Asian journal of sports medicine. 03/2013; 4(1):15-22.
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    ABSTRACT: A personal best marathon time has been reported as a strong predictor variable for an Ironman race time in recreational female Ironman triathletes. This raises the question whether recreational female Ironman triathletes are similar to recreational female marathoners. We investigated similarities and differences in anthropometry and training between 53 recreational female Ironman triathletes and 46 recreational female marathoners. The association of anthropometric variables and training characteristics with race time was investigated using bi- and multi-variate analysis. The Ironman triathletes were younger (P < 0.01), had a lower skin-fold thickness at pectoral (P < 0.001), axillar (P < 0.01), and subscapular (P < 0.05) site, but a thicker skin-fold thickness at the calf site (P < 0.01) compared to the marathoners. Overall weekly training hours were higher in the Ironman triathletes (P < 0.001). The triathletes were running faster during training than the marathoners (P < 0.05). For the triathletes, neither an anthropometric nor a training variable showed an association with overall Ironman race time after bi-variate analysis. In the multi-variate analysis, running speed during training was related to marathon split time for the Ironman triathletes (P = 0.01) and to marathon race time for the marathoners (P = 0.01). To conclude, although personal best marathon time is a strong predictor variable for performance in recreational female Ironman triathletes, there are differences in both anthropometry and training between recreational female Ironman triathletes and recreational female marathoners and different predictor variables for race performance in these two groups of athletes. These findings suggest that recreational female Ironman triathletes are not comparable to recreational female marathoners regarding the association between anthropometric and training characteristics with race time.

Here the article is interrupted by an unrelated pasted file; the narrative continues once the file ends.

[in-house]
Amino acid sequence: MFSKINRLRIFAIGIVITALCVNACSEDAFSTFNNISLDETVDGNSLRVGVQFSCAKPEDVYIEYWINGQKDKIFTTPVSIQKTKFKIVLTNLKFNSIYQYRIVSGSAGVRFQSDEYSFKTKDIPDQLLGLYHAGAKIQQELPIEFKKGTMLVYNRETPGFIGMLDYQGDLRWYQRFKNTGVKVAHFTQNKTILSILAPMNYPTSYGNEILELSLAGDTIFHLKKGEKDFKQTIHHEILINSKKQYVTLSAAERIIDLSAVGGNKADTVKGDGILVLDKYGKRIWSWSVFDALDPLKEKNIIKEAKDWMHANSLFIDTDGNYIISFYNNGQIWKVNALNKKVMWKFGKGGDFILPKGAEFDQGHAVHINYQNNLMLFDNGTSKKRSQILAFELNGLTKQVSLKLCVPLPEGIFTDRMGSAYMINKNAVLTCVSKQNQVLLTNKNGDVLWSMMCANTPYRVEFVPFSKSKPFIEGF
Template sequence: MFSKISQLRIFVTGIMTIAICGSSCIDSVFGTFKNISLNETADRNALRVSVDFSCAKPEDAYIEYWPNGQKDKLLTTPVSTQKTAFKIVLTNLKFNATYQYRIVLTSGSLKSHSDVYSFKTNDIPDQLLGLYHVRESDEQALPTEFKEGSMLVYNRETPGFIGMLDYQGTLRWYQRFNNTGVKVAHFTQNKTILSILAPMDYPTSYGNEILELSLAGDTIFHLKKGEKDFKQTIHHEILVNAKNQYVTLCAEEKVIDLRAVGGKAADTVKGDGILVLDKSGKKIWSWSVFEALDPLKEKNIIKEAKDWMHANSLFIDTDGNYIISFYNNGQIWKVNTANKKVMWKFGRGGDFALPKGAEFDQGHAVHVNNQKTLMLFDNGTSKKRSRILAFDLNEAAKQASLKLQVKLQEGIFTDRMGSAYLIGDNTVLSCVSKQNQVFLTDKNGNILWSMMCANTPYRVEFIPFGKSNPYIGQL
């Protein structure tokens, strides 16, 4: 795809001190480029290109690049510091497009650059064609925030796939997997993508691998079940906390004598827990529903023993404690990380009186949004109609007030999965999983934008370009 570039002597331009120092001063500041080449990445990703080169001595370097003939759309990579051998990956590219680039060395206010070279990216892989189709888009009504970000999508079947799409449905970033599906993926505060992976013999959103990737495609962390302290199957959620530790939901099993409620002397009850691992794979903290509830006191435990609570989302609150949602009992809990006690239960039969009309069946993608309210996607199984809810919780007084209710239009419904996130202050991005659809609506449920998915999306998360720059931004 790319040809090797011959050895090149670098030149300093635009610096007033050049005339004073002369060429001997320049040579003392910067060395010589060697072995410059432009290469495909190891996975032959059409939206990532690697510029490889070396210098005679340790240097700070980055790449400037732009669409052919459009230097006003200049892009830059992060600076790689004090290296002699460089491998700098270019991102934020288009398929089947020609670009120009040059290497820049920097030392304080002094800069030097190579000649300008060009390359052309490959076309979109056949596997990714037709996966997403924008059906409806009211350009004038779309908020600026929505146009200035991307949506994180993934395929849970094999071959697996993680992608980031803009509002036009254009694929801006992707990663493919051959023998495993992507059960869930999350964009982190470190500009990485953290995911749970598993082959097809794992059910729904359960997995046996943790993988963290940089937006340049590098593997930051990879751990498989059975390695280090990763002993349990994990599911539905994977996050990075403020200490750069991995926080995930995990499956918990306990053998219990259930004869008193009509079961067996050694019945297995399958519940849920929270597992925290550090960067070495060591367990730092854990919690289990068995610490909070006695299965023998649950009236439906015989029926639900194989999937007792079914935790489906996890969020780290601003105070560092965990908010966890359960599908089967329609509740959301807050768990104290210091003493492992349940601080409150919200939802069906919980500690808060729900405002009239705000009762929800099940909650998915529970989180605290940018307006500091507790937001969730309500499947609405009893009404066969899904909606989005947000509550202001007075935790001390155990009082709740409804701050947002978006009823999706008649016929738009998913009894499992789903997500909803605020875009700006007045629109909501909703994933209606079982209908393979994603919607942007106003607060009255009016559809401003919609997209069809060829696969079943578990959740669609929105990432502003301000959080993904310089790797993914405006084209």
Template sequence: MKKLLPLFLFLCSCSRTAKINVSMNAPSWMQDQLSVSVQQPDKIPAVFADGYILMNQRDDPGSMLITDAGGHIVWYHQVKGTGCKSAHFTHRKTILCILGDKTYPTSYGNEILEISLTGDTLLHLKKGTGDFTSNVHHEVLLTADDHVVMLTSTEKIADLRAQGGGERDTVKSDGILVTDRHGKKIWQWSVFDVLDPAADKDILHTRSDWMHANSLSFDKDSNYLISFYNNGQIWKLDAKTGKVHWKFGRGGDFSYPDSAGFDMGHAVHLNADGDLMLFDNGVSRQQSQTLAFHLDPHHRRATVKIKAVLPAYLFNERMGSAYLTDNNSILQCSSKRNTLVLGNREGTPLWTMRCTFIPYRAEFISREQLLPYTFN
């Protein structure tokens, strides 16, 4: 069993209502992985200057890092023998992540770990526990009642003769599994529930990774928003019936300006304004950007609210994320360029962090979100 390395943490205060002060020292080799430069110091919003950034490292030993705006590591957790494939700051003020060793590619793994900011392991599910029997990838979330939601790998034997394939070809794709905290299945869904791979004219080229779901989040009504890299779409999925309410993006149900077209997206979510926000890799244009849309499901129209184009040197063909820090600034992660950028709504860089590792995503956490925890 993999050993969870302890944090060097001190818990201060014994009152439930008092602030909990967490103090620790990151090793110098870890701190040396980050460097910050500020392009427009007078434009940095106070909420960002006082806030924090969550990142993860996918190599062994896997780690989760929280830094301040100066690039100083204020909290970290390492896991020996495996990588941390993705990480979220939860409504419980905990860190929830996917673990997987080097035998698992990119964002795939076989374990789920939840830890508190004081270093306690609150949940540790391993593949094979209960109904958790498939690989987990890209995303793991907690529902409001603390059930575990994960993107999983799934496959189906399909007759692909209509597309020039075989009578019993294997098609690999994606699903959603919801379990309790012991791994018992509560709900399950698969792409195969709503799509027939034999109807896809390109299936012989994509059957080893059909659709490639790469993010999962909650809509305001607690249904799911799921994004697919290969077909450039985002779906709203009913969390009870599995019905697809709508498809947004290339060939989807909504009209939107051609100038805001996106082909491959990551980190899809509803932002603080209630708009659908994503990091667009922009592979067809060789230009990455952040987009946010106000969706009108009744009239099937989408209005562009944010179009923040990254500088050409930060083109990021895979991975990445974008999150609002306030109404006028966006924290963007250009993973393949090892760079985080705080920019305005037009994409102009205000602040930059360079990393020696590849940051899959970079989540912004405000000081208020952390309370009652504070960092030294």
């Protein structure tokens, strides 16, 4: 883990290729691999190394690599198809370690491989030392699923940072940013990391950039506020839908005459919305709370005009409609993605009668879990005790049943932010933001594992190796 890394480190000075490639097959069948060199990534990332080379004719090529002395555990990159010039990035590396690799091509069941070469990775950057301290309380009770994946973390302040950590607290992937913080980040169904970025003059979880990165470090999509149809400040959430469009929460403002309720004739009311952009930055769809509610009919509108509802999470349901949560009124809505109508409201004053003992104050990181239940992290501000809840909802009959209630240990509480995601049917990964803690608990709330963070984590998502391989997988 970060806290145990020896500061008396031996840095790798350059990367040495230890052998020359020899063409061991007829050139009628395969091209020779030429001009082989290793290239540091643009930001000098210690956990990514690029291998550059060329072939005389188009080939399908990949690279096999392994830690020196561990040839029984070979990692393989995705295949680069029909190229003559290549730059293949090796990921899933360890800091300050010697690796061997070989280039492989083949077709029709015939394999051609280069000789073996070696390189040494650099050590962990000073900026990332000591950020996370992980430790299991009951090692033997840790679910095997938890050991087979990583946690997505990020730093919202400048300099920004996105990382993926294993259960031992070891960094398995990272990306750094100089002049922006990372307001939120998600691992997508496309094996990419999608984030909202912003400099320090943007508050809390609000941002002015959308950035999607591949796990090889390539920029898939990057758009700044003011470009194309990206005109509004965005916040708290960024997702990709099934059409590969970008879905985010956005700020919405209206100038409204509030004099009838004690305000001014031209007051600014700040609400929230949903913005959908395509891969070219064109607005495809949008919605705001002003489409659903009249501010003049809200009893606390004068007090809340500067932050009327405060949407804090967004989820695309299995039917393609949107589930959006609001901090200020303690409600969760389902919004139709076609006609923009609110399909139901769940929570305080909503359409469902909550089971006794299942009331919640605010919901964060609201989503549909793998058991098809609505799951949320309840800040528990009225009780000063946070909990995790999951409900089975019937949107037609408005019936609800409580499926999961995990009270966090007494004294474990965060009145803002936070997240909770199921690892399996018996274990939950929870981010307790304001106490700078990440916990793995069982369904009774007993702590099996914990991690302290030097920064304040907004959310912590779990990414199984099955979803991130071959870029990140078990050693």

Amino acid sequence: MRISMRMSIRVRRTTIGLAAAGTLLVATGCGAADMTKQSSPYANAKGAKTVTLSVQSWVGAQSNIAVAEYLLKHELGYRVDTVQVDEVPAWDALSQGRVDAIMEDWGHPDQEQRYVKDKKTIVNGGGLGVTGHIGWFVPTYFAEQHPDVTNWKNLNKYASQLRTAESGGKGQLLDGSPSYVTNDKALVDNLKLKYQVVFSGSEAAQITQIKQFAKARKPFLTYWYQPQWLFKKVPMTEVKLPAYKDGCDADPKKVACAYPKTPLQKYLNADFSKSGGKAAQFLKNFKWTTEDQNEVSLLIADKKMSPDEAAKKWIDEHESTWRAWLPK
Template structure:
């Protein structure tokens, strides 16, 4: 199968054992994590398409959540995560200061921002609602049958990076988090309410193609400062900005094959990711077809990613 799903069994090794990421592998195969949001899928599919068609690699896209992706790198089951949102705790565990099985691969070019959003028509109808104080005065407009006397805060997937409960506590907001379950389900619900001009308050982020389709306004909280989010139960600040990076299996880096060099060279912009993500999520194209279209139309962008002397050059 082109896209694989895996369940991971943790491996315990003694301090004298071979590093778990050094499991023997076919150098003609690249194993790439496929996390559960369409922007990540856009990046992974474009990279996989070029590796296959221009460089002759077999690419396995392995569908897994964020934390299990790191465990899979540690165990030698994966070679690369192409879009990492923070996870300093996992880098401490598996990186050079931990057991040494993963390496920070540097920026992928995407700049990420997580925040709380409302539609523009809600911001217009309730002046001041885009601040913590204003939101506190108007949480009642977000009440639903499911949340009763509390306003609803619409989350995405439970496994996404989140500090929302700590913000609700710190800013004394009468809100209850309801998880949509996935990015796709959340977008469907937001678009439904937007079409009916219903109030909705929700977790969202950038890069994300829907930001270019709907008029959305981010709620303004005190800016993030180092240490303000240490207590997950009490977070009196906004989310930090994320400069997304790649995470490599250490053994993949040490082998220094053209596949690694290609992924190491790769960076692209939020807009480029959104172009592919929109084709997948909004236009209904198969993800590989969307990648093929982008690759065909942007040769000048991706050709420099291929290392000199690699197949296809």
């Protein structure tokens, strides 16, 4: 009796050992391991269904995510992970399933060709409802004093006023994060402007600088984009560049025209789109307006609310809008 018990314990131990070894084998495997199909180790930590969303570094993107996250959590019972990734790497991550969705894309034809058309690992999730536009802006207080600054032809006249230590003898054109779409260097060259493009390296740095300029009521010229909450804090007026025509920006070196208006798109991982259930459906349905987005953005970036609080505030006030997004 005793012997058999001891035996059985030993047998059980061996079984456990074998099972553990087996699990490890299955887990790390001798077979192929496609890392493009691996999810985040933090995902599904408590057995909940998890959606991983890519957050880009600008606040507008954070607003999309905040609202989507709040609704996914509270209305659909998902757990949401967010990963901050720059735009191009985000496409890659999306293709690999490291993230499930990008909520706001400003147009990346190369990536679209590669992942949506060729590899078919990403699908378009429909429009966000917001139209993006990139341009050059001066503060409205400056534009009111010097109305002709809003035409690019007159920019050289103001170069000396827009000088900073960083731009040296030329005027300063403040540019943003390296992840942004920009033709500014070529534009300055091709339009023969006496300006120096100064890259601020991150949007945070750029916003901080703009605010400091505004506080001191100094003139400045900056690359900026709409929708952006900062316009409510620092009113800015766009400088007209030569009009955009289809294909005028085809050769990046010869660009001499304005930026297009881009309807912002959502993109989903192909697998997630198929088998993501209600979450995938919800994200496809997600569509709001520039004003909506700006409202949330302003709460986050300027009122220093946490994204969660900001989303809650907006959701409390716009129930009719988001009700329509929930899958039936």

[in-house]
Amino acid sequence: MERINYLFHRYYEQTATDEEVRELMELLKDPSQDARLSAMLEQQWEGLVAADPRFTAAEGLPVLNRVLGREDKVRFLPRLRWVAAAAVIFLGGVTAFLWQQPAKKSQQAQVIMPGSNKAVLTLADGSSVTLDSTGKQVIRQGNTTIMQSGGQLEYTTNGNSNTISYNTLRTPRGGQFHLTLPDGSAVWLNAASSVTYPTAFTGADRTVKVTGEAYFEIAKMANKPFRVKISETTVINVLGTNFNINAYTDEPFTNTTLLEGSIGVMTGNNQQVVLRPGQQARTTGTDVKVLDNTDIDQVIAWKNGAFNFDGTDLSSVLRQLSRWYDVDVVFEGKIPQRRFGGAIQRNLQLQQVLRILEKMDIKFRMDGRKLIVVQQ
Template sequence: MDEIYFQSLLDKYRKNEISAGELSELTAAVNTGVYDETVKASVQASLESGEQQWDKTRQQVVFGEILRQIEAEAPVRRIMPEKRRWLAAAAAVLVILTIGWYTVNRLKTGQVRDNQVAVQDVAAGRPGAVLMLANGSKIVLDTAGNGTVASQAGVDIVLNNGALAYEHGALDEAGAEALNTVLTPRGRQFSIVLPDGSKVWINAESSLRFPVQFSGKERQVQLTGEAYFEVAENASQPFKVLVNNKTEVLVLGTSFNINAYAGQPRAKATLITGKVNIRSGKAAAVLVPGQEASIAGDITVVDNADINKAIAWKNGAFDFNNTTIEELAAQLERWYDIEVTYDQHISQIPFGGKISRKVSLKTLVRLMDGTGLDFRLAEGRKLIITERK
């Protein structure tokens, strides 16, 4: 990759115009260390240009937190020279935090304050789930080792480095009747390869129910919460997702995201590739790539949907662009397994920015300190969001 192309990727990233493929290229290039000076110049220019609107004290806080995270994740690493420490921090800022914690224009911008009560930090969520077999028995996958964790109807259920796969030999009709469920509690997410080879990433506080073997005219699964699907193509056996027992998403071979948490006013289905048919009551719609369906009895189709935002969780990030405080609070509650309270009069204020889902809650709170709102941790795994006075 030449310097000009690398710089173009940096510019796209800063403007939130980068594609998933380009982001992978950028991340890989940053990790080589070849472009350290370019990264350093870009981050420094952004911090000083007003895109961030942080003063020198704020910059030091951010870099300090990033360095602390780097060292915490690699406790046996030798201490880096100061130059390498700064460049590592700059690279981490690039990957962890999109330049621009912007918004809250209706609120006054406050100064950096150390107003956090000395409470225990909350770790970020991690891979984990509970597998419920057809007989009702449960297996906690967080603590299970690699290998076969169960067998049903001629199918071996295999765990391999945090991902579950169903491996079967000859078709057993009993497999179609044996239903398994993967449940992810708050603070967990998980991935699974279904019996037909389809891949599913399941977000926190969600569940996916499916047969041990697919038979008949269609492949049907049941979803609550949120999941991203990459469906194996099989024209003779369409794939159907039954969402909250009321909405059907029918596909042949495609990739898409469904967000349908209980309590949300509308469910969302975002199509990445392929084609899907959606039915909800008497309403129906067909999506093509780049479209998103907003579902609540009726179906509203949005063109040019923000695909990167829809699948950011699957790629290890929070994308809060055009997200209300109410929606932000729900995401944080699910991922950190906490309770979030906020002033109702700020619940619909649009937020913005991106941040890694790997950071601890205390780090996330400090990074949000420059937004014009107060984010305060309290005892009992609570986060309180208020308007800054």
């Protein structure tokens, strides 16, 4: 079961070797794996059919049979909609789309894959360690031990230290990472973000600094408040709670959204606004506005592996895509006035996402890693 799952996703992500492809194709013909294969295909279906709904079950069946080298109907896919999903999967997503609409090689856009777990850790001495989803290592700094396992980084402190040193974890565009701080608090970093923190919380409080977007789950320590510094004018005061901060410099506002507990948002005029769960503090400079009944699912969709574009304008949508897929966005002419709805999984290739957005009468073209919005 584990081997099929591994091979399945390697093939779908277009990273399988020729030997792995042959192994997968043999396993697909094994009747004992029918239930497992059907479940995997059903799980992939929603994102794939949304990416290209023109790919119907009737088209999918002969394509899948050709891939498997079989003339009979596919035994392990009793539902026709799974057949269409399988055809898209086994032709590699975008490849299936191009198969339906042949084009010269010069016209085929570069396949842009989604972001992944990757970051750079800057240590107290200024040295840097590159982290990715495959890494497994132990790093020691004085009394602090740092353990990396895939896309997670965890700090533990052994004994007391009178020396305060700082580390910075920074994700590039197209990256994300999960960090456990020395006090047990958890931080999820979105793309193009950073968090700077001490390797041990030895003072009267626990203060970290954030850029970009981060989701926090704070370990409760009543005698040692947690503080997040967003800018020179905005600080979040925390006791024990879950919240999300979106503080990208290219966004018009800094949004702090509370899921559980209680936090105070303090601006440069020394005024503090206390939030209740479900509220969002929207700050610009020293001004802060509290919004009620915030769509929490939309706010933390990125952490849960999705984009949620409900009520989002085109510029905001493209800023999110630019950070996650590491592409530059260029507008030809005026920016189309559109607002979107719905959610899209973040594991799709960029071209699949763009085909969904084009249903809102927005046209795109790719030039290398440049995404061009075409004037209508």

The Chinese journal of physiology 02/2013; 56(1):xxx. · 0.75 Impact Factor